Today I started the process of sending books back to my distributor. Because I'll be open for almost six more weeks, I still hold out hope for many of the books finding a home here in the community. So these were mostly titles I had multiple copies of, or books that I felt there was insufficient interest in to justify keeping around. It's not like I haven't gone through these exact motions before--culling the herd is a necessary and vital part of keeping a bookstore relevant. This was, however, the first time I'd boxed up a couple of cartons of books with no intention of replacing them on the shelves. And it may be that there are many things more forlorn than a stack of paperbacks whose covers have been stripped waiting to go to book heaven, but I'm hard pressed to think of them right now. There they sit, starkly naked reminders of my inability to pair them with a suitable reader. Failure written all over them, in so many words.
In some sense, I don't feel as if I've failed the community or even myself because this endeavor won't last, but that we have collectively failed the books and the ideas they represent. I know that sounds melodramatically moonbeam-ish, but I've spent most of the day today walking through the shelves as I culled books to send back, making mental notes of my favorites. And every time I come across a book that made me think a little longer and harder about what it means to be human, or helped me understand someone different from me, or transported me to another place or time, I feel the little pang of goodbye. These books, the good ones at least, have souls. As one of my older customers tells me every time he comes in, they're old friends. The Watsons Go To Birmingham is a little sassy, "Seriously? Couldn't you have done a little better by us?" To Kill a Mockingbird cajoles sweetly, "Come on, I've got something important to say and I'm relying on you to get me to the person I need to say it to." The Road, in typical minimalist fashion, grumps, "I trusted you" and lapses back into terse silence.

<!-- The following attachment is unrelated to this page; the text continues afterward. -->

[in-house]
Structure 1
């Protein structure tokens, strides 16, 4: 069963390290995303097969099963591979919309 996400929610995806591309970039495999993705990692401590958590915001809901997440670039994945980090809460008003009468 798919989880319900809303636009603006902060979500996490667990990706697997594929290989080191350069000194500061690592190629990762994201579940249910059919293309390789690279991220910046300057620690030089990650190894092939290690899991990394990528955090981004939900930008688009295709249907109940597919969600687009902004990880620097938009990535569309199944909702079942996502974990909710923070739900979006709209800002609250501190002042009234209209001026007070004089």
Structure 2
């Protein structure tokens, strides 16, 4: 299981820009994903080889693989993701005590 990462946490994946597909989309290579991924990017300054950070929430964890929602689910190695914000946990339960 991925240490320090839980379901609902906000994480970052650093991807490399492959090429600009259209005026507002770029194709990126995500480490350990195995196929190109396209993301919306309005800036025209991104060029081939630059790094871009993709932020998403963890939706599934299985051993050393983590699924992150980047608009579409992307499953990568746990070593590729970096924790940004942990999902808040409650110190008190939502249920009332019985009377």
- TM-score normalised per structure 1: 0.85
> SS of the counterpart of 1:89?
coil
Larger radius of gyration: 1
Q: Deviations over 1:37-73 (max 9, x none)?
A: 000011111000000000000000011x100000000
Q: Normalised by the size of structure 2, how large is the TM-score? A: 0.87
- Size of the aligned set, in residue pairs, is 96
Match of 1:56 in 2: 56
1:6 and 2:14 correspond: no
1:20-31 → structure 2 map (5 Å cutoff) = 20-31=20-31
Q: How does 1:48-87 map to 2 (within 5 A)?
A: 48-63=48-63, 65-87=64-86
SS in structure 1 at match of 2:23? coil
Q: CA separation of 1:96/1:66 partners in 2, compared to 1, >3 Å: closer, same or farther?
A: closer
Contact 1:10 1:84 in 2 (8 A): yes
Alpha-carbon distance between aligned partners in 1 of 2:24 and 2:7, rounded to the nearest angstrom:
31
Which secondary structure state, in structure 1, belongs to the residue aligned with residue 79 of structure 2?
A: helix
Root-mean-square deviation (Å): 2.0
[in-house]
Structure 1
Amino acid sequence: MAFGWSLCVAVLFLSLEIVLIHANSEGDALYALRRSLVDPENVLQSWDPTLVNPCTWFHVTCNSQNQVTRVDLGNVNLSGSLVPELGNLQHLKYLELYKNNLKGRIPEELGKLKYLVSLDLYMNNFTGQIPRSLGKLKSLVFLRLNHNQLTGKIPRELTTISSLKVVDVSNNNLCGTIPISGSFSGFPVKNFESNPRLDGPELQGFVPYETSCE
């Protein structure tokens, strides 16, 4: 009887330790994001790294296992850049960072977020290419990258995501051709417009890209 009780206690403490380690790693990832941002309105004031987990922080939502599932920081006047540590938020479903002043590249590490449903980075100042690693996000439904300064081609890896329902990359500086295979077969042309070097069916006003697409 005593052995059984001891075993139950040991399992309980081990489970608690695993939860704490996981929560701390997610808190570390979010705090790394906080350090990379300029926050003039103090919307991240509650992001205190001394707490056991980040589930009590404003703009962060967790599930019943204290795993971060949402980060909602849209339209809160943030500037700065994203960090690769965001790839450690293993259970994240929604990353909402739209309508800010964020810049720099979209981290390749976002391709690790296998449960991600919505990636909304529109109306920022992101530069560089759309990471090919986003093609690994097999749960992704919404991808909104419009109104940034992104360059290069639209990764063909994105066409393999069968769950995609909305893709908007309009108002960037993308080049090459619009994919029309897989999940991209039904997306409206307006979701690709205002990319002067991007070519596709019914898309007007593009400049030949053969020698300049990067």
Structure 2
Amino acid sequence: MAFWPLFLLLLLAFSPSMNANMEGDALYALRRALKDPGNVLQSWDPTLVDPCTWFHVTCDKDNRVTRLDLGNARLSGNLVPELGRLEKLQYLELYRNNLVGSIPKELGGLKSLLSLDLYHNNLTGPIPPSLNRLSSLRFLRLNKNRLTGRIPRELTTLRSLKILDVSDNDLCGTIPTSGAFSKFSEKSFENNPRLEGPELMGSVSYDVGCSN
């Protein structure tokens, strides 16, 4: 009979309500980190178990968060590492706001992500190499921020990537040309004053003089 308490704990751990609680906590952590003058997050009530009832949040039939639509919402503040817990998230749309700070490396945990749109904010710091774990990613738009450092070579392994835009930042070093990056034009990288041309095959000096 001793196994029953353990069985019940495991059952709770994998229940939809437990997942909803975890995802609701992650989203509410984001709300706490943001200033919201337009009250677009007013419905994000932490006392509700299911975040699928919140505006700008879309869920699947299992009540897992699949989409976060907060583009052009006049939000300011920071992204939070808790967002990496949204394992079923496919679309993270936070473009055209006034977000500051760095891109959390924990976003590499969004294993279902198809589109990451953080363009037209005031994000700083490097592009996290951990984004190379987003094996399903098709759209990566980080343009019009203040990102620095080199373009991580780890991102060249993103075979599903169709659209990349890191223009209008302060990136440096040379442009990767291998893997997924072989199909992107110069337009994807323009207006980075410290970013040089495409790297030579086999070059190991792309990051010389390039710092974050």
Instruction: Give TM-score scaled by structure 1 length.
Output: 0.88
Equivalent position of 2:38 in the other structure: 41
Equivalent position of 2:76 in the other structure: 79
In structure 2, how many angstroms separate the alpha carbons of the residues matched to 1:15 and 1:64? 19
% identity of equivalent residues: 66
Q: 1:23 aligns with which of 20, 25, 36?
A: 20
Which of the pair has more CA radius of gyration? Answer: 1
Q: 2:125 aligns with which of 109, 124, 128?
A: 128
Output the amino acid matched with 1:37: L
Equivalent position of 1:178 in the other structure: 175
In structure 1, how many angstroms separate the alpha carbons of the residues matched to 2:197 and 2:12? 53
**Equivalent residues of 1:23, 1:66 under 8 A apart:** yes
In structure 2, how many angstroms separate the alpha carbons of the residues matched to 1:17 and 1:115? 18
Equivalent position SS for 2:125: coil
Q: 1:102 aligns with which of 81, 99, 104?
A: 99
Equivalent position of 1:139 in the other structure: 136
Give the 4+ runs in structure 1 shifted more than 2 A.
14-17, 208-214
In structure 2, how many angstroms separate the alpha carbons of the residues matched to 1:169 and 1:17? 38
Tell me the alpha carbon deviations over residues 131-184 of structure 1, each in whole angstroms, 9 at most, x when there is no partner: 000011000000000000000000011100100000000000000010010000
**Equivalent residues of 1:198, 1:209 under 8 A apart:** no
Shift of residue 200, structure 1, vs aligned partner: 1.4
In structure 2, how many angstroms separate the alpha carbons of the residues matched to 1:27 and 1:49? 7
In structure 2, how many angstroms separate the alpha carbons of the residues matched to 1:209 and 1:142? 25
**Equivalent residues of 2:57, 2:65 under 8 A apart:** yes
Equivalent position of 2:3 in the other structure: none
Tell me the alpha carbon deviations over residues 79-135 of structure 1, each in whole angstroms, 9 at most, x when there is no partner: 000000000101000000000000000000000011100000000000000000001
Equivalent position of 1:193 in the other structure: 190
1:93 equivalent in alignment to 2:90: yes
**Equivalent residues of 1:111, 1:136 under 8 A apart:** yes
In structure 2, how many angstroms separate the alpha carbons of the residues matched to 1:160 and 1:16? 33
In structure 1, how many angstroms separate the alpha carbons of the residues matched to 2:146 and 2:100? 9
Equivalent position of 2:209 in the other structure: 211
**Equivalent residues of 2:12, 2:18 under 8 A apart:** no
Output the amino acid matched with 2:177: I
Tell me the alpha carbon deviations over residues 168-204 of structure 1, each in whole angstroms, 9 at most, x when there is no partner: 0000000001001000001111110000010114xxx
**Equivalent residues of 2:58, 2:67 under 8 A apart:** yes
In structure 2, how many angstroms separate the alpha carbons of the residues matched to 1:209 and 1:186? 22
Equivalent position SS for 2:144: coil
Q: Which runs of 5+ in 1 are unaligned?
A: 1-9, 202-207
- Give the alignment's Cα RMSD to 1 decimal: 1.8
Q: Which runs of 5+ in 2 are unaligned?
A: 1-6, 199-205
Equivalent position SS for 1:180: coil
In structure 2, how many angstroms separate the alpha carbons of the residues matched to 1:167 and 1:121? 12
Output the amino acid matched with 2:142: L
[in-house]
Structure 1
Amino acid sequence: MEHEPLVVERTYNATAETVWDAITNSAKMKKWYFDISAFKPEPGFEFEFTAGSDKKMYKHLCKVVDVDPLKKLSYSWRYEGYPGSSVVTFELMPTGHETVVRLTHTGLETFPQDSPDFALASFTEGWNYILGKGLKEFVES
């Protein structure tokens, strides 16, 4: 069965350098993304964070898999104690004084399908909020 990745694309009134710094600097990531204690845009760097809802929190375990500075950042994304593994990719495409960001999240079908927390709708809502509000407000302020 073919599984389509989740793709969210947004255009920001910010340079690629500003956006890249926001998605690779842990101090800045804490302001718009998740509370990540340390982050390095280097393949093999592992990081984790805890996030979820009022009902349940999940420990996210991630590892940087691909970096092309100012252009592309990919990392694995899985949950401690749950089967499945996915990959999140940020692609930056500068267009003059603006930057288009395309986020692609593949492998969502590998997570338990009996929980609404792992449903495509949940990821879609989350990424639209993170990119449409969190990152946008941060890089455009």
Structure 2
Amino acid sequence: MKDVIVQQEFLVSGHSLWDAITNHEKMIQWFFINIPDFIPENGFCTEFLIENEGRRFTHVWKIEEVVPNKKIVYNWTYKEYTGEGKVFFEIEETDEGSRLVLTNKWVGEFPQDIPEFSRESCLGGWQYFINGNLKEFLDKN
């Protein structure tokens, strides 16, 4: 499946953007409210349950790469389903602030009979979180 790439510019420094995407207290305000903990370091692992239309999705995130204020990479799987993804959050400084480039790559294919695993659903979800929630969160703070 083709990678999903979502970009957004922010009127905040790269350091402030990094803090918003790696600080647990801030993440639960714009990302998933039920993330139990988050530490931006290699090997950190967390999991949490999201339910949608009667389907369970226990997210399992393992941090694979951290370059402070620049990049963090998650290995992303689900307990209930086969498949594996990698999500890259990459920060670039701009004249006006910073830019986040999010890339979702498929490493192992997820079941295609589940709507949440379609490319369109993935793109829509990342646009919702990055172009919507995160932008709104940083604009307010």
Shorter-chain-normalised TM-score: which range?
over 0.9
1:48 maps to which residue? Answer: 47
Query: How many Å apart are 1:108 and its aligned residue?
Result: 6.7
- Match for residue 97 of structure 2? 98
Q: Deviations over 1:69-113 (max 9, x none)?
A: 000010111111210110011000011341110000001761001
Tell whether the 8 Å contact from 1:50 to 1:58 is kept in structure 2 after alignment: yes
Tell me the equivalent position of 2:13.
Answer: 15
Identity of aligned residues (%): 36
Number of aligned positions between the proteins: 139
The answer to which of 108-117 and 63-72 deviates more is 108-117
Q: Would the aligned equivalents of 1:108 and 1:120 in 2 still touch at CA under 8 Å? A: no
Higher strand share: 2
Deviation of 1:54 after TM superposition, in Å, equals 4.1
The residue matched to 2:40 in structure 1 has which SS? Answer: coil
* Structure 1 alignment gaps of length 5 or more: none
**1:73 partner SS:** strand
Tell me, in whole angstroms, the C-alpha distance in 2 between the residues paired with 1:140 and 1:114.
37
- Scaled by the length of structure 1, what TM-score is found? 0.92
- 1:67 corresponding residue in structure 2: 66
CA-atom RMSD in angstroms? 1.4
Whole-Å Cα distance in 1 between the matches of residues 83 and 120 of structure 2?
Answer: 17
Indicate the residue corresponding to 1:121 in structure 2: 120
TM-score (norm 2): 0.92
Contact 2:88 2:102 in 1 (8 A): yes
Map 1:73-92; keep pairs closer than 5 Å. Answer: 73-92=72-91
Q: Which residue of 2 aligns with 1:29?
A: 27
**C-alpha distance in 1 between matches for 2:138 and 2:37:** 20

A very sweet regular customer came in yesterday and thanked me for giving her Garth Stein's The Art Of Racing In the Rain. She and her family had been here a few months ago and had been distraught because they had just put the family dog to sleep. She needed the book, I had the book, so I gave it to her and told her to read it when she felt able and bring it back when she was done. The book's narrator is a whip-smart, witty, wise-souled mutt named Enzo who believes that, once he's learned all there is to learn as a dog, he will be reincarnated as a man. It's a very sweet, well-written story that deals very sensitively with what it means to be human and to have a soul. Anyway, the lady came back yesterday to tell me the rest of HER story. She, herself, had been going into the hospital the next day for treatment of a very serious condition--this on the heels of the poor dead dog. It was almost too much for the family to take. She told me she had been overwhelmed by the simple act of me giving her the book. And I thought, maybe that was why I opened the bookstore in the first place. Maybe it wasn't to build a creative community gathering place or champion literacy or fulfill a childhood dream. Maybe it was because this woman would need this book on this particular spring day, and I needed to be here to pair her up with it. Several months of hard work, a fair amount of stress, a few tears and a couple of buckets of sweat in return for being able to be in the right place at the right time. I think that's a pretty good trade.